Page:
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Sandvik Coromant Announces Metal-Cutting Collaboration With Autodesk Fusion 360

Sandvik Coromant Announces Metal-Cutting Collaboration With Autodesk Fusion 360

Sandvik Coromant has partnered with Autodesk—developers of software for design and manufacturing, which will deliver significant benefits to the future of Computer-Aided Manufacturing (CAM) and help customers stay competitive.

The first step of the collaboration will tackle one of the most widespread challenges in CAM; the complex task of specifying cutting tools to determine the most effective way to use them.

“Today’s manufacturing world is increasingly competitive,” explained Jonas Ström, Product Manager at Sandvik Coromant. “Materials are lighter, harder and stronger, machines are more advanced, batch sizes are smaller and component design is increasingly complex — all of this leads to an increased need for CAM programming and skilled CAM users.

“As engineers, CAM users love seeking new technologies and testing solutions, but they are often limited by the time constraints associated with CNC machining. By providing them access to tool information, recommendations and knowledge of unique machining methods at the click of a button, we hope to simplify their process,” concluded Ström.

Typically, CAM users rely on manually transferring data from tooling catalogues and inputting the parameters into CAM software. This process is often laborious and can increase time-to-market expectations.

“Manufacturing and metal cutting are already complex processes, and they’re often made more difficult by manually managing tooling information resulting in delayed setup times and increased room for machining error,” said Srinath Jonnalagadda, Vice President of Business Strategy for Design and Manufacturing at Autodesk. “By pairing our CAM software solutions with Sandvik Coromant’s deep tooling knowledge and expertise, we’re helping customers reduce time and improve efficiency in the preparation phase.”

The Autodesk partnership is part of a long-term vision for Sandvik Coromant. The two companies have similar goals — to help customers stay competitive with new technologies and to provide digital design and manufacturing solutions.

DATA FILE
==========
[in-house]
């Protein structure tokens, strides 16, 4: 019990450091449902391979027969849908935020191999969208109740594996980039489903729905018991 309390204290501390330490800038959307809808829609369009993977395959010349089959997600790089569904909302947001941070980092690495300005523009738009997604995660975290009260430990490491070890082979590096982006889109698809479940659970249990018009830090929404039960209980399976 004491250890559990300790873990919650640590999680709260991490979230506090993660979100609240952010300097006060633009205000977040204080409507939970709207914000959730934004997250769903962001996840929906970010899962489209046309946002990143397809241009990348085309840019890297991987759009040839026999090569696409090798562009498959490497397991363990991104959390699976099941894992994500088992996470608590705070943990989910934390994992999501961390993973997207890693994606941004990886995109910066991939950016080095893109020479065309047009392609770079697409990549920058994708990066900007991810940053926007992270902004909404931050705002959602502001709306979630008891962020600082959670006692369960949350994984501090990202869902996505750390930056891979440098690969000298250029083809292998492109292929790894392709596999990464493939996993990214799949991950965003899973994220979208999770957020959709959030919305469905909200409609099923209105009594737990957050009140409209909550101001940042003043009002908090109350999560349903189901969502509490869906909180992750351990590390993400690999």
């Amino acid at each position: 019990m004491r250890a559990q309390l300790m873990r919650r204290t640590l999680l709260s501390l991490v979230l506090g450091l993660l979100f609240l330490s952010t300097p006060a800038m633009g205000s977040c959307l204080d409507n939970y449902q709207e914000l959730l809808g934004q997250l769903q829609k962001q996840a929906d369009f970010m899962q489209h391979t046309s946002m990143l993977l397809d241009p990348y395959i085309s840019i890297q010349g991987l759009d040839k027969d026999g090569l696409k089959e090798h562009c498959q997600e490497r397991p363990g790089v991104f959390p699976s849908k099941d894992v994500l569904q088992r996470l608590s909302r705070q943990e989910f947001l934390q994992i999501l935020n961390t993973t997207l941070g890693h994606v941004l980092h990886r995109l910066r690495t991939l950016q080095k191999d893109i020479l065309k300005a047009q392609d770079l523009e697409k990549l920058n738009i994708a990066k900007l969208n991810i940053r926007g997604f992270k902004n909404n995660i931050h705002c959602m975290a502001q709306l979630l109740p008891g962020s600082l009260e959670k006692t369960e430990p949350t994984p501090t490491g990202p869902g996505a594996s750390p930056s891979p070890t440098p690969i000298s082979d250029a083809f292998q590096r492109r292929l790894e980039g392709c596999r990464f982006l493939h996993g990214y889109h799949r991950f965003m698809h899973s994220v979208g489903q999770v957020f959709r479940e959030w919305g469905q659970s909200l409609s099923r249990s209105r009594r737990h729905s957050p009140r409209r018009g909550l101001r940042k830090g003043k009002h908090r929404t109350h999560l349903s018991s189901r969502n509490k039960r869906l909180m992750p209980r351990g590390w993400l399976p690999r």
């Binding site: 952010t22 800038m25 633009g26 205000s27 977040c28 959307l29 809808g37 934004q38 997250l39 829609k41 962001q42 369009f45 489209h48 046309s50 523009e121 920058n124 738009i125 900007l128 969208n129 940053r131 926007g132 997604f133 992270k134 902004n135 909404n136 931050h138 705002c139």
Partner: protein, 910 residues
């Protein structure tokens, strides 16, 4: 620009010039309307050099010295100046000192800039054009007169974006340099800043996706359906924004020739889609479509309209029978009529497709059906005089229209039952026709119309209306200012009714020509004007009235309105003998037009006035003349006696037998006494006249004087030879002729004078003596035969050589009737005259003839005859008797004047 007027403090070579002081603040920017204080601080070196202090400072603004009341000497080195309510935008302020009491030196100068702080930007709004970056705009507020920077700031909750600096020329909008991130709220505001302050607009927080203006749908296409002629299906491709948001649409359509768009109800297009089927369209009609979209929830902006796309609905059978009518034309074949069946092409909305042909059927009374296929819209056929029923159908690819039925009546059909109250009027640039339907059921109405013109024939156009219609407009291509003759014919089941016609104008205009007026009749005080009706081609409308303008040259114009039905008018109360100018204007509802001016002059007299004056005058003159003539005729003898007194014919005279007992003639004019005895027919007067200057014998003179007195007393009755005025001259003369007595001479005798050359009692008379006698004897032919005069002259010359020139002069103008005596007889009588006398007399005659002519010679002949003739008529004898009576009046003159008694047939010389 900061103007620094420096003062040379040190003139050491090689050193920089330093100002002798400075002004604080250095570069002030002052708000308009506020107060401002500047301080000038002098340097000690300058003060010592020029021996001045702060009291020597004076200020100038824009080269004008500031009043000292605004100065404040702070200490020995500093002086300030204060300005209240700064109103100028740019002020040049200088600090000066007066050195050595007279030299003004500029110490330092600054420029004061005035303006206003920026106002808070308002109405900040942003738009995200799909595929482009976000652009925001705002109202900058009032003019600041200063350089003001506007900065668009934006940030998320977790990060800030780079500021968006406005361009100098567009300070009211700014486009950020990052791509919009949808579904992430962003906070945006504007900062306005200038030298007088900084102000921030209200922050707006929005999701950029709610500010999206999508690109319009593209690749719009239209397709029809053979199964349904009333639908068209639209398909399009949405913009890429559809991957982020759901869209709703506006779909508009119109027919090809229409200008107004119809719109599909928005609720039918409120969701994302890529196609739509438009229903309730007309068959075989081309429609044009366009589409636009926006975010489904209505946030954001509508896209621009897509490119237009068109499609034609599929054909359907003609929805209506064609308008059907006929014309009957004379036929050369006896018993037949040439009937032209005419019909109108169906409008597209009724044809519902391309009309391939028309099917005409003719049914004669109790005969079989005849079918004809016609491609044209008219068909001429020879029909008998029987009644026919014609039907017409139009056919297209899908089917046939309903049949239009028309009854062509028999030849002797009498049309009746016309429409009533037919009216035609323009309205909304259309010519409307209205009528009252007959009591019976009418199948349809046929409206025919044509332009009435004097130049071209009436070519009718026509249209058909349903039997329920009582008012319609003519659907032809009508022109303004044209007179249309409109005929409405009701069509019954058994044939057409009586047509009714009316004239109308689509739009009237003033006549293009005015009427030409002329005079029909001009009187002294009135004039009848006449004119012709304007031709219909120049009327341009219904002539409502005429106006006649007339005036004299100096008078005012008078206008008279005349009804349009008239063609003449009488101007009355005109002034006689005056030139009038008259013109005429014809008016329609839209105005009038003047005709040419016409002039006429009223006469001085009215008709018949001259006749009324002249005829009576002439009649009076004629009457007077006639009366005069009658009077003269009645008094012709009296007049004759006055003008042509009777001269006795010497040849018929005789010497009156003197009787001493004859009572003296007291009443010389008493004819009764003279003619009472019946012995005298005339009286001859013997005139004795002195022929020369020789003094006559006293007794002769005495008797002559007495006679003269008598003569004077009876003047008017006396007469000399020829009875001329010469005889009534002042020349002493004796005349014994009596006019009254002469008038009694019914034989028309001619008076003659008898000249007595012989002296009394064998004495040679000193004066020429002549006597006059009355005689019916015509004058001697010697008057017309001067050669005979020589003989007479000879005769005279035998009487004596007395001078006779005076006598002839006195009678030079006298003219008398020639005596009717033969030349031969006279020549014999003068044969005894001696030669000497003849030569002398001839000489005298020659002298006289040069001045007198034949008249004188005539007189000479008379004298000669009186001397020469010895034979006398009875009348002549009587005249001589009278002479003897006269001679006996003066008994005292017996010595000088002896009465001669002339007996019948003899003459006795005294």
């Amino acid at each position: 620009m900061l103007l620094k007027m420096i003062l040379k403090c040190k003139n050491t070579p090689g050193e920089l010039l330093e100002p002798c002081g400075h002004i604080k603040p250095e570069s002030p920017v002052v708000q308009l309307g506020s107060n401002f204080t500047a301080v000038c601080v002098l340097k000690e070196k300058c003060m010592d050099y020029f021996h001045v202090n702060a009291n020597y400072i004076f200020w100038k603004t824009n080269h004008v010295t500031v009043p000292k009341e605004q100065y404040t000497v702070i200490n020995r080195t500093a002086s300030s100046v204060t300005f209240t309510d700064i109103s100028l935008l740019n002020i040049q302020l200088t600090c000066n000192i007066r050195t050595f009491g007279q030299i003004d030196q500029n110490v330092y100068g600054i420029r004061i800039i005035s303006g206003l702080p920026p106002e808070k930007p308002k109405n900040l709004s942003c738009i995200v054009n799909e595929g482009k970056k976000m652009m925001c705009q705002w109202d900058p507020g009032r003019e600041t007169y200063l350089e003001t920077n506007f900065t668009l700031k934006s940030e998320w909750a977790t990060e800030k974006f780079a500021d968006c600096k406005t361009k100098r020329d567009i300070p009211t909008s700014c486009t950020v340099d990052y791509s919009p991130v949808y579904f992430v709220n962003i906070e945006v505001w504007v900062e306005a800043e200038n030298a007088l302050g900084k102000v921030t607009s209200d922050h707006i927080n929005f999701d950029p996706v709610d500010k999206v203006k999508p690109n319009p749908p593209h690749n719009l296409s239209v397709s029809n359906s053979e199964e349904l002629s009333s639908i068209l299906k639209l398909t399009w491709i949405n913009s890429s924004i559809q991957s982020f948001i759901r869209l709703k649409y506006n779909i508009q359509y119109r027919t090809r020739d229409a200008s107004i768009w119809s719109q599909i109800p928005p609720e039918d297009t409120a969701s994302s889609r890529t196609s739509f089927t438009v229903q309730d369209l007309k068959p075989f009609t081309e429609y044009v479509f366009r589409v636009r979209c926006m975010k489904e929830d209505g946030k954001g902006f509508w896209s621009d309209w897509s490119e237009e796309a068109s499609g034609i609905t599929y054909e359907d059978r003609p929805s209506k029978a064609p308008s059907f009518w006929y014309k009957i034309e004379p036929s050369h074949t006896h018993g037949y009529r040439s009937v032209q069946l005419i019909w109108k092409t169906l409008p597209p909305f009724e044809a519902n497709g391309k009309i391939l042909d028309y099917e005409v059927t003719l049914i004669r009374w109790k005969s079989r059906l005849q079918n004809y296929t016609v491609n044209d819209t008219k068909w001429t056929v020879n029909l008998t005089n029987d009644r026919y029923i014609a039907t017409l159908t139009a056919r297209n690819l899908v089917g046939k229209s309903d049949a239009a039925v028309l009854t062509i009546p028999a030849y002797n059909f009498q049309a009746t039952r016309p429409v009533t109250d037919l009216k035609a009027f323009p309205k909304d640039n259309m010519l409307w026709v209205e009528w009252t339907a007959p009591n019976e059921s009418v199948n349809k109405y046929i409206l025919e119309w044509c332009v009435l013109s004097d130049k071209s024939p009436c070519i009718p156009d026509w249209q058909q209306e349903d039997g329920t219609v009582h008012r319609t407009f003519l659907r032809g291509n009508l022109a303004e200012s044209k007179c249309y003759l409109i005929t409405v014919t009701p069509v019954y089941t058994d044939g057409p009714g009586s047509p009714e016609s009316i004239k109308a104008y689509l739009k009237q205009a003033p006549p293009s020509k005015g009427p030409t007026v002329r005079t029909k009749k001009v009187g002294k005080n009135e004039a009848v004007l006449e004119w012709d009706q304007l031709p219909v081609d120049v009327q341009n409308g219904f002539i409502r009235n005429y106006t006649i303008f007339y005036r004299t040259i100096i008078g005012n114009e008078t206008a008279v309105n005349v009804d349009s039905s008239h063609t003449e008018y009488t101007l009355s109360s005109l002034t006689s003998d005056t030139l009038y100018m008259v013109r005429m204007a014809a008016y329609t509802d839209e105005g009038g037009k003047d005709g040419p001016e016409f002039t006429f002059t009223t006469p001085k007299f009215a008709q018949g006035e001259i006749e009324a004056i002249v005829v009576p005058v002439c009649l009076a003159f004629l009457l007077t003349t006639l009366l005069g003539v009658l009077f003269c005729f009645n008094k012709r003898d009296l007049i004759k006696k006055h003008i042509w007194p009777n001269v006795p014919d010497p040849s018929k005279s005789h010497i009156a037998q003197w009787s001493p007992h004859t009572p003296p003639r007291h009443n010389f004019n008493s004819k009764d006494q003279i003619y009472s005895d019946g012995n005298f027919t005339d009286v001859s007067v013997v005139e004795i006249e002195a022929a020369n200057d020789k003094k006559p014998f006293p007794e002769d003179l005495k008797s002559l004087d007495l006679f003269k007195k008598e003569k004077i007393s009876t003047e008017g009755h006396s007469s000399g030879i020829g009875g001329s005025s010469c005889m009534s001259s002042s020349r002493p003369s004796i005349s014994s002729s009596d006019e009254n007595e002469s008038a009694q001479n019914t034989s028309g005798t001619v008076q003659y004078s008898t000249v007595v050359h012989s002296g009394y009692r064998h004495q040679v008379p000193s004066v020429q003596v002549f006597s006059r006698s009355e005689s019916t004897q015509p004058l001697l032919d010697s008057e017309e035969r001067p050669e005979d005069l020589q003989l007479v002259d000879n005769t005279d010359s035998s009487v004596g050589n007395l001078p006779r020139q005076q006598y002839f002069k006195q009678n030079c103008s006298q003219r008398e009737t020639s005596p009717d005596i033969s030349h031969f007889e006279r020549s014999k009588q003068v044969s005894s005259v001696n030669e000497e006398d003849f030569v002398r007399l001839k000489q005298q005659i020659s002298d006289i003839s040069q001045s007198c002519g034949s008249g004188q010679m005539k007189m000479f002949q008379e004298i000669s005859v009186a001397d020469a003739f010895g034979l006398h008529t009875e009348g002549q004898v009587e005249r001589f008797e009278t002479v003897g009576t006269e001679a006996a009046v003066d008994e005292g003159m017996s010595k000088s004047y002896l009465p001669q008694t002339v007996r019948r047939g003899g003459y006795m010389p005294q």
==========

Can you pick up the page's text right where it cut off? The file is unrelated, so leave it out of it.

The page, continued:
The first step in this new partnership will remove the time-consuming nature of data selection by providing Autodesk customers with access to the Sandvik Coromant tool data.

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Making Design Processes 50% Faster With 40% Fewer Errors

Making Design Processes 50% Faster With 40% Fewer Errors

As Benson Industries’ business expanded, the need to collaborate across time zones with a wider range of teams began complicating design processes. Here’s how they overcame communication challenges with streamlined collaboration efforts and accelerated design processes, resulting in 40 percent fewer product errors and 50 percent faster processes. Article by Autodesk.

Benson Industries Inc. is the premier custom curtain wall and external cladding subcontractor in the United States and Asia. With a portfolio that includes the UN Secretariat Building in New York, The Marina Bay Sands Hotel in Singapore, the Salesforce Tower in San Francisco, and The Tower One (Freedom Tower) at Ground Zero in New York City, Benson has worked on the most iconic construction projects in the world.

Established in Portland, Oregon in 1926, Benson has since expanded its operation to Los Angeles, New York, Singapore, and Manila, with a full-time assembly shop in Otay Mesa, Mexico.

Benson Industries Inventor Administrator Radu Stancescu.

Radu Stancescu

“We do everything, including designing, manufacturing, putting the units together, and installing them on the building,” says Benson Industries Inventor Administrator Radu Stancescu. “Every project is different because every building is different.”

Communication barriers lead to business failure

To streamline design processes across a globally dispersed and complex enterprise, Stancescu invested in Autodesk Vault for product data management, AutoCAD for 2D modelling, and Inventor for 3D mechanical design, documentation, and advanced product simulation.